How come Hash is faster than the merge even though the join is on the clustered index

GokhanVarol 2013-06-06 01:24:45

How come Hash is faster than the merge even though the join is on the clustered index keys and the merge plan has no sort?
By mistake I put the on clause not in the exact clustered key order and I end up getting a hash plan, then I said yes I can improve the query just by fixing the join order and get a merge join instead, I did get a merge join but it's performing poorly, why would that be?
Thank you

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SQLkiwi 2013-06-06 06:45:00
It's hard to be certain without being able to analyse the queries myself on a local machine, but there are some general points I can make:

Parallel merge join is an algorithm that does not scale all that well, particularly as DOP rises. Parallel hash join scales much more easily, and typically has the lowest per-row cost of the three physical join types (though it does require a memory grant). The parallel hash plan would likely be even better if the spill could be avoided (though requiring even more than the current 741MB of memory).

The repartitioning exchanges in the merge join plan are merging exchanges; they preserve input order, as shown by the Order By attributes on those operators. Preserved ordering is another reason that parallel merge does not scale. Even where a parallel deadlock does not actually occur, delays associated with the ordered data do accumulate. The delays would be likely to show up as increased CXPACKET waits in the merge plan, though you would need the Pro version of Plan Explorer to see that in the analysis file.

Per-partition parallel merge join could scale better in suitable cases (giving a similar plan shape to co-located parallel hash join) but SQL Server does not provide that facility.

Parallel merge join does not always have performance problems (it depends on data distribution and other factors), and parallel hash join will not always be faster. The query in question is an unusual one, so please don't draw too many conclusions about general performance from it. All the joins types have strengths and weaknesses, parallelism or no.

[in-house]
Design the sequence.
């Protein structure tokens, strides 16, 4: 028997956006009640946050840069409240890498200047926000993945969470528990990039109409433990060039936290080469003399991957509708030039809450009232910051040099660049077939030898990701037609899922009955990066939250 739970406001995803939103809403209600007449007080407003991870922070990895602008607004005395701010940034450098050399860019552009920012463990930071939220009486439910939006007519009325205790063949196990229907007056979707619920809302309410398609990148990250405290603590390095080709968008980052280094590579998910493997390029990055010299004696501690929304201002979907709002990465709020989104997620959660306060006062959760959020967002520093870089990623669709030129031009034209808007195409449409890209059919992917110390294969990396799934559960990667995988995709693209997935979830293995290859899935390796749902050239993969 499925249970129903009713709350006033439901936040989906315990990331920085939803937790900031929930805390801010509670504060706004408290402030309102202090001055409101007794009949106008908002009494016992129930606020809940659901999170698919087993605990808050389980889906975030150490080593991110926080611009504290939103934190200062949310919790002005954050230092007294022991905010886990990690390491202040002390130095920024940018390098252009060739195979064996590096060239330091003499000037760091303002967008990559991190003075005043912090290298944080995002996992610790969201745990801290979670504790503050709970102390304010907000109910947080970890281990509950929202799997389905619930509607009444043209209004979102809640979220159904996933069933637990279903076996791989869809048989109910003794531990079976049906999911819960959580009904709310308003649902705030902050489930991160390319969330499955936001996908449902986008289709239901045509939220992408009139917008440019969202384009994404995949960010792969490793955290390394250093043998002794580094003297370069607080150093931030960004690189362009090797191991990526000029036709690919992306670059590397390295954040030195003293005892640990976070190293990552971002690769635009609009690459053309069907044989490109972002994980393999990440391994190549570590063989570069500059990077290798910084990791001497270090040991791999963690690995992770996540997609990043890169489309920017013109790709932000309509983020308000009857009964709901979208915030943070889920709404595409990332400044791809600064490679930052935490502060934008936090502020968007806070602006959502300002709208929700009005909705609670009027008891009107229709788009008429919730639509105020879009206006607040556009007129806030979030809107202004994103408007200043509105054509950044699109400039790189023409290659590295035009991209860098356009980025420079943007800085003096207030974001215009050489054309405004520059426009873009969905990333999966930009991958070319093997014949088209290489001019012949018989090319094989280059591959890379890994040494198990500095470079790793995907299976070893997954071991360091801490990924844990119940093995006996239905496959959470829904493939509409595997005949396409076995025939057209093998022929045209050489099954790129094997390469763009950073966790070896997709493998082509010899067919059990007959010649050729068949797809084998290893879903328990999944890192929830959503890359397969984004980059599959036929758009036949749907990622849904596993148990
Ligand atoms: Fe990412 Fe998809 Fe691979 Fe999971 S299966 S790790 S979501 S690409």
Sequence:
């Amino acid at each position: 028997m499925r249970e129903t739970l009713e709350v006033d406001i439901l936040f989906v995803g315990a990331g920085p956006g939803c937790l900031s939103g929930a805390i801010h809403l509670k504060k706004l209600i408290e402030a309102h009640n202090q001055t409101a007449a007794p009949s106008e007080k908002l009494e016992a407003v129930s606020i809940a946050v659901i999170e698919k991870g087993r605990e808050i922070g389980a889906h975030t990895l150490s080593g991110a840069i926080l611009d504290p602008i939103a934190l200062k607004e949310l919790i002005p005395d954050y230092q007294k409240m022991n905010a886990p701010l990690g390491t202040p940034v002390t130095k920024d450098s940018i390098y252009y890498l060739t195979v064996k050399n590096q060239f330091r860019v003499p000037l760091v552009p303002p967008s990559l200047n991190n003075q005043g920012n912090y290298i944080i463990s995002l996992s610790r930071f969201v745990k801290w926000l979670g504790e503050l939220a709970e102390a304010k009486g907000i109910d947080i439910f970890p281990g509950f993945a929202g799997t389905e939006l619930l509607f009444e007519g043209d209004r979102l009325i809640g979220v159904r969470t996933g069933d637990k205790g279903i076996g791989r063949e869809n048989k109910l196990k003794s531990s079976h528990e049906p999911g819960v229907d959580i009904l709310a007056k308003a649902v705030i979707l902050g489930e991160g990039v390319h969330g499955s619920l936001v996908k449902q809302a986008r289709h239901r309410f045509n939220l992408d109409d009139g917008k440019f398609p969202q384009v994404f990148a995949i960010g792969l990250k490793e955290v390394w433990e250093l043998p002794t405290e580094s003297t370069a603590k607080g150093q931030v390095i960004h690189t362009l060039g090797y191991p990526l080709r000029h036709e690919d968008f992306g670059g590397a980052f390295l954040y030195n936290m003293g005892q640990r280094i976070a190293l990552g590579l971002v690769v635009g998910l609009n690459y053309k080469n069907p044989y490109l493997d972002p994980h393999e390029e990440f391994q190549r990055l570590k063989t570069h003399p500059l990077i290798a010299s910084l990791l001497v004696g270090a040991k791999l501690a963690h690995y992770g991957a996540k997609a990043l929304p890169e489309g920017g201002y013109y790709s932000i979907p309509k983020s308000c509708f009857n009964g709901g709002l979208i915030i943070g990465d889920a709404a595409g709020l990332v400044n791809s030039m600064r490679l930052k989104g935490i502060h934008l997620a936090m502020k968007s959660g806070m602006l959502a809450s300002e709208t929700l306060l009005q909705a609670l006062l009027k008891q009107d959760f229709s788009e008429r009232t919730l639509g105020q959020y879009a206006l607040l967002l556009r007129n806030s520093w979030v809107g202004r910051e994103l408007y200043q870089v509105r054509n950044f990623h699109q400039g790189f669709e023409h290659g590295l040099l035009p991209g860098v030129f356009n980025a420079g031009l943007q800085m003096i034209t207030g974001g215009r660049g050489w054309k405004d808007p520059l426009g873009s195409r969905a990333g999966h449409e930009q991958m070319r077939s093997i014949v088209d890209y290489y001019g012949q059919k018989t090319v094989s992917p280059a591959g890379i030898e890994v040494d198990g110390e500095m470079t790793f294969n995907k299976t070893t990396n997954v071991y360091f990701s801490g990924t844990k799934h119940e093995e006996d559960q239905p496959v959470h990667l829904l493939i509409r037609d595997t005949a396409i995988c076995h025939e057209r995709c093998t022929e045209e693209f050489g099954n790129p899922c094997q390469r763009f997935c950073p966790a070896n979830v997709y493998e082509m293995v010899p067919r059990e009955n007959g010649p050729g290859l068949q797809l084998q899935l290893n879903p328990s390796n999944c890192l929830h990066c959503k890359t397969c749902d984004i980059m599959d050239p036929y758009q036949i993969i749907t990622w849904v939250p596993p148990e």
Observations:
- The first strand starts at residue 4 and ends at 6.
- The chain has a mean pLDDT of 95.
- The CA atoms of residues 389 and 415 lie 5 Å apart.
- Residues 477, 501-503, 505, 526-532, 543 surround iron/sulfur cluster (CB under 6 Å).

GokhanVarol 2013-06-06 16:33:11
The clustered index order is CntyCd, PclId, PclSeqNbr, BldgSeqNbr

I do not understand why the first one creates a hash :
ON l.[BldgSeqNbr] = r.[BldgSeqNbr] AND l.[CntyCd] = r.[CntyCd] AND l.[PclId] = r.[PclId] AND l.[PclSeqNbr] = r.[PclSeqNbr]

… and the second one creates a join, arent't they the same thing?
ON l.[CntyCd] = r.[CntyCd] AND l.[PclId] = r.[PclId] AND l.[PclSeqNbr] = r.[PclSeqNbr] AND l.[BldgSeqNbr] = r.[BldgSeqNbr]


SQLkiwi 2013-06-07 00:27:49
Yes they're the same thing. Ensure you have plan-affecting optimizer fixes enabled with TF 4199.
GokhanVarol 2013-06-06 16:37:40
I ran the same 2 queries twice with Plan Explorer Pro on my work maching which is I7 xeon vs only I7 at my home, more than enough available memory on both machines and I believe the SSD I have at home is OCZ vertex 4 (raid 0 2x256GB) and some Samsung SSD (512 GB) at my work.
At my work the gap between merge and hash is a lot less but hash is still about 10% faster.
Is there anything I can tweak in the merge join to make it more efficient?
Thank you

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SQLkiwi 2013-06-07 00:31:01
Fundamentally, no; it is what it is.